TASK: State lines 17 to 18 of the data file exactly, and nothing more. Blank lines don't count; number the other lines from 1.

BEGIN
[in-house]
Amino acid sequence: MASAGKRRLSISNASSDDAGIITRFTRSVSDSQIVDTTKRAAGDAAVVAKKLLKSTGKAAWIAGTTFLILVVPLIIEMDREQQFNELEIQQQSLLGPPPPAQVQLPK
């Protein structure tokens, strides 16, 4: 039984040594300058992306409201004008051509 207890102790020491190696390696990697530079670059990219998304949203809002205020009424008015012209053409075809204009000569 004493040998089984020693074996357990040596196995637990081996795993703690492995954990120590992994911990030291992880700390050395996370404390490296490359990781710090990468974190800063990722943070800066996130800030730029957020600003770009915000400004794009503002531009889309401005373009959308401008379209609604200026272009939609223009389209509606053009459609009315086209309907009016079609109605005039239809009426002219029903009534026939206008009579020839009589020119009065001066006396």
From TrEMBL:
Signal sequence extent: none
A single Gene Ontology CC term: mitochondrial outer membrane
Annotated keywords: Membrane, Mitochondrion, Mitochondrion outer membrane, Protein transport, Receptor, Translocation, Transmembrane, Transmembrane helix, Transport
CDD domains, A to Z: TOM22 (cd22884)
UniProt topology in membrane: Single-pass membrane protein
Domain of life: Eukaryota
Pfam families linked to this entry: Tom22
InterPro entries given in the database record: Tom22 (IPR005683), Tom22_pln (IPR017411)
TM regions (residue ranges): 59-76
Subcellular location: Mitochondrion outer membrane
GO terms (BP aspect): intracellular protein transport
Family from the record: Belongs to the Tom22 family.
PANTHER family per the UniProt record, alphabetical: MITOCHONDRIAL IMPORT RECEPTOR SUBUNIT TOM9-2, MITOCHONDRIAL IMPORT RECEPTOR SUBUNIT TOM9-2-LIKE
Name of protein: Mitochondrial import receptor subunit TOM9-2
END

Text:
PANTHER family per the UniProt record, alphabetical: MITOCHONDRIAL IMPORT RECEPTOR SUBUNIT TOM9-2, MITOCHONDRIAL IMPORT RECEPTOR SUBUNIT TOM9-2-LIKE
Name of protein: Mitochondrial import receptor subunit TOM9-2